Well-educated patients guide their own care

The big business of health care is generating an abundance of medical information that is welcomed by savvy patients.

By Susan J. Landers — Posted Sept. 20, 2004

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Washington -- The Mark O. Hatfield Clinical Research Center at the National Institutes of Health, due to open this winter, is vastly different from the adjacent 51-year-old NIH clinical center. So are the new brand of patients it will house.

For one thing, most are no longer referred by physicians, and many say they don't even have a regular doctor.

They are part of a patient group that appears to be assuming control of their own health care. They are well-educated, extremely computer literate and also happen to have a disease or condition the NIH is interested in treating.

"Ten years ago, 100% of the patients were referred by physicians; it was required," said John Gallin, MD, director of the NIH Clinical Center and associate director for clinical research. "The way we got patients is we would send out booklets to most physicians in the country outlining protocols. And they would refer patients."

Now, about 62% of patients are self-referred and, of necessity, the physician-referral rule was eliminated.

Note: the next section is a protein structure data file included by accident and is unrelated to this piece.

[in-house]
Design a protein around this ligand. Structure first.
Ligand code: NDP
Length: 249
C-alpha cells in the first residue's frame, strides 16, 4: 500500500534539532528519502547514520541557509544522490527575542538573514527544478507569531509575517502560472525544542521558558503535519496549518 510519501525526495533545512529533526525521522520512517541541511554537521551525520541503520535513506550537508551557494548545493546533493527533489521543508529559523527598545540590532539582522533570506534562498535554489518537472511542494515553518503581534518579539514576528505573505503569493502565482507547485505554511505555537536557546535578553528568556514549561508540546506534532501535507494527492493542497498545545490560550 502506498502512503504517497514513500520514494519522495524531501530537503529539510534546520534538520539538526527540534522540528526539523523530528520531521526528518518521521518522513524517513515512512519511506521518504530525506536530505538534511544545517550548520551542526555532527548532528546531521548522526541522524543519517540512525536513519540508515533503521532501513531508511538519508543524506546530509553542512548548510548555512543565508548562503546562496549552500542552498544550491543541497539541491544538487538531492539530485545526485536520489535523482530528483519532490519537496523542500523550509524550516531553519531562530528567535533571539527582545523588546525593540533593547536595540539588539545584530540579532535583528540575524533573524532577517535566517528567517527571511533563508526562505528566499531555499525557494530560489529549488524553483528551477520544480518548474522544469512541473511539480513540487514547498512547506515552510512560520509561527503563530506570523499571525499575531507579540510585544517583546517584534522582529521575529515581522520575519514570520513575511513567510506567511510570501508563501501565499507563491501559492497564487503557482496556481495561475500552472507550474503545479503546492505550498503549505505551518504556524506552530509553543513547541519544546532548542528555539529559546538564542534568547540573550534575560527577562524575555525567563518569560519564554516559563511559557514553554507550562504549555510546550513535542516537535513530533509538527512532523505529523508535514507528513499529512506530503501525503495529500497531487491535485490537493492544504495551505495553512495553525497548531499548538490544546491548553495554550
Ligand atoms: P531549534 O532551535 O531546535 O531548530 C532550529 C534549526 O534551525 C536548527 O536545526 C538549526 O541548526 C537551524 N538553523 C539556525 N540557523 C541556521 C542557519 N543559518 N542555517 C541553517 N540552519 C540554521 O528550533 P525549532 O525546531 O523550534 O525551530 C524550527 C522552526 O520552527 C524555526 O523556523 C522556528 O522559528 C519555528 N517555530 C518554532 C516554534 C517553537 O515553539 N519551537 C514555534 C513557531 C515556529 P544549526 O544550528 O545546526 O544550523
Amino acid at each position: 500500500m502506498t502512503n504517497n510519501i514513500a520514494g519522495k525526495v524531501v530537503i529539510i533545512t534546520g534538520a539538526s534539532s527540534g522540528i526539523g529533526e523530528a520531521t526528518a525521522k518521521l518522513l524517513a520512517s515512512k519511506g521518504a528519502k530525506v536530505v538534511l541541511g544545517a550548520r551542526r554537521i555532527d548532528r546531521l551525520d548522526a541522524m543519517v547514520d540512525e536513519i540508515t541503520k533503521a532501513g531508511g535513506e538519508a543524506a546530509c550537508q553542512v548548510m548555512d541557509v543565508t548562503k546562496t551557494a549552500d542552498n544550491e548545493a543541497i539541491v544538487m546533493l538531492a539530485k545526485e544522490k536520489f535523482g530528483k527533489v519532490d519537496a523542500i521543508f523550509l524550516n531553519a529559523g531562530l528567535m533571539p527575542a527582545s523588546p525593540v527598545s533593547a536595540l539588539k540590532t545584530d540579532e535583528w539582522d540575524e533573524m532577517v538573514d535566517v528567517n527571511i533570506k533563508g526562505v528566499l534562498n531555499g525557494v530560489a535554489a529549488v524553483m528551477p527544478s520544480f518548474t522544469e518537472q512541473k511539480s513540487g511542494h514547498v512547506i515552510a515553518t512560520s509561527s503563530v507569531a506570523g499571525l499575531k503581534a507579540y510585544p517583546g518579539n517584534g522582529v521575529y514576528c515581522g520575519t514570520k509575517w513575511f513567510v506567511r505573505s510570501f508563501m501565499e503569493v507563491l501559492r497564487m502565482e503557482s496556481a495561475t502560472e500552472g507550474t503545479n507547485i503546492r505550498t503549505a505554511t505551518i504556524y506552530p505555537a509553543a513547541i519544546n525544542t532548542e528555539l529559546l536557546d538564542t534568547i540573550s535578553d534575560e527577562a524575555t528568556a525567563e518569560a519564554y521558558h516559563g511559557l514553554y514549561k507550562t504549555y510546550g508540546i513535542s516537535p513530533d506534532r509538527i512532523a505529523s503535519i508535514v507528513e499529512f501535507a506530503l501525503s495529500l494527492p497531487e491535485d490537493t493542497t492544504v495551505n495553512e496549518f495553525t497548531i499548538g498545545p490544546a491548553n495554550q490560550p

In another change over the past decade, the patients no longer seem to consider themselves under the care of a specific doctor. "My impression is that almost every patient had a physician 10 years ago. But now, 35% of patients who walk through the door say they have no physician," Dr. Gallin said.

Managed care has triggered that change, he said. Instead of a physician's name, patients are likely to identify Blue Cross Blue Shield or CIGNA as their health care provider, he added. "My sense is that the statement that patients don't know who their physicians are goes way beyond NIH and is a true statement for the country."

Since all NIH patients need an overseeing physician, social workers soon connect patients with a doctor to call their own, Dr. Gallin said. And he would prefer that patients arrive knowing their physician's name. Still, he says the self-referred patient has certain positive attributes -- for instance, they tend to be well-informed. "The more informed the patients are, the better."

An abundance of information

Medicine and biotechnology are big businesses now, and new findings are thoroughly explored in newspapers, magazines and books.

"Health is everywhere," said Kay Dickersin, PhD, director of the Center for Clinical Trials and Evidence-based Healthcare at Brown University in Providence, R.I. "It's in books, on TV, there are stories on diet, exercise, heart health and cholesterol." It is also a topic of Internet searches.

"Ten years ago, not everyone had access to a computer at home. Now, many people have home and work access, and there is more than one computer in the family," Dr. Dickersin said.

But the spread of computers might have bypassed poorer people, thus increasing the possibility that a two-class society is being created, Dr. Gallin said. "I think we all worry about that a lot," he said, although public libraries' offerings of computer access could counter some of this.